FO advises state entities to keep foreign holdings to a minimum
In view of the adverse international court orders in the Reko Diq and Broadsheet cases recently, the Foreign Office has advised the government entities to keep their foreign accounts and holdings to a minimum, sources told The Express Tribune.
The advice comes on the recommendation of the Pakistan High Commission in London for the state-owned entities such as the Pakistan International Airlines (PIA), the Pakistan National Shipping Corporation (PNSC), the Pakistan Petroleum Limited (PPL), the Oil & Gas Development Company (OGDCL) and others.
The sources also said that different stakeholders like the law ministry and the Attorney General for Pakistan’s (AGP) office have been requested to give their views on this recommendation.
It is learnt that efforts are afoot to protect the country’s foreign assets after attachment of two PIA hotels in Reko Diq case, as well as debiting of billions of rupees from the accounts of the Pakistan High Commission in London in Broadsheet case.
The High Court of Justice in the British Virgin Islands (BVI), while passing the order on December 10, 2020, had attached the Pakistan International Airlines Investment Limited’s (PIAIL) two hotels in New York and Paris. In view of the injunction, the PIA cannot sell any of these hotels.
Similarly, a high court in the United Kingdom issued an order for transfer of $28.7 million (Rs4.5 billion) from the accounts of the high commission to the foreign asset recovery firm Broadsheet LLC. The Foreign Office has expressed regrets over UK government’s inaction over the debiting of the amounts.
An inter-ministerial meeting at the Foreign Office on January 6 was informed that despite several communications from the Pakistan government, the UK government did not inform the bank about the diplomatic immunity of the Pakistan High Commission accounts.
An official told the meeting that it was a massive breach of diplomatic immunity and the international law. Interestingly, the British side had conveyed informally that it was for the government of Pakistan to assert the immunity in the court during the proceedings.
Earlier on January 5, the acting British high commissioner was called to the Foreign Office to convey Pakistan government’s concerns over the violation of diplomatic immunity. A ‘Note Verbal’ was also delivered to the acting high commissioner.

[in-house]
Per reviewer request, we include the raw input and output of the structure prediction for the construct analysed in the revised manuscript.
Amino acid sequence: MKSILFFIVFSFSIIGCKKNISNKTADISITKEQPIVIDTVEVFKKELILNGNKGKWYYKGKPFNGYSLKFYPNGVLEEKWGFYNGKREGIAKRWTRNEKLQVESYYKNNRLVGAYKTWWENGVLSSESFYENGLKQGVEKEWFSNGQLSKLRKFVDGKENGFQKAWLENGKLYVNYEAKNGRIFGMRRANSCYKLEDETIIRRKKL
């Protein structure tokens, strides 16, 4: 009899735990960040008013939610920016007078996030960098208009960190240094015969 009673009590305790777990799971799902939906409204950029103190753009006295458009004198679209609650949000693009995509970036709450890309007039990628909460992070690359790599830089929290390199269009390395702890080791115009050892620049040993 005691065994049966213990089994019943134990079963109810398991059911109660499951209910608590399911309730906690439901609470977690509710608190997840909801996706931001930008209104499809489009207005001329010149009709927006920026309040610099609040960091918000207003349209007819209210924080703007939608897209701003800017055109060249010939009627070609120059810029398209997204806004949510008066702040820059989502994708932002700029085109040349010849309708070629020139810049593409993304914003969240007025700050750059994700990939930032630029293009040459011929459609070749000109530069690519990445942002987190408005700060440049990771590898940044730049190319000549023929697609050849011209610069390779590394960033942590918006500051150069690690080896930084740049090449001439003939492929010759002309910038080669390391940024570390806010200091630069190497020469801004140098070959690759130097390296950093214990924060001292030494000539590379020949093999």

FO demands $0.235m from NAB
The debiting of billions of rupees from the high commission accounts has also caused a friction between the National Accountability Bureau (NAB) and the Foreign Office, as the later demands of the former to remit its amount ($0.235 million) to the high commission at the earliest.
During the inter-ministerial meeting, a senior Foreign Office official stated that the NAB should take responsibility for the matter and must reply to this embarrassment.
During the meeting, according to sources, the Foreign Office official posed three questions to the NAB director general: Firstly, when would the amount be transferred to the Pakistan High Commission in London. Secondly, why authorisation was issued to the Pakistan High Commission to pay the amount. Thirdly, why should NAB not pay the bill for the new legal proceedings on the issue.
However, the NAB official sought time to consult his seniors in this regard.
Meanwhile, it is learnt, the Foreign Office has decided to send a legal notice to the bank for breach of trust, unauthorised debit of accounts, and becoming third party without informing the Pakistan High Commission in London.
It has also been decided that accounts of the Pakistan High Commission in London would be shifted to another bank. Likewise, the ministry of finance has been approached to accept this proposal expeditiously.
Also, the Senate Standing Committee on Foreign Affairs has convened a meeting on January 18 to discuss the Broadsheet case.
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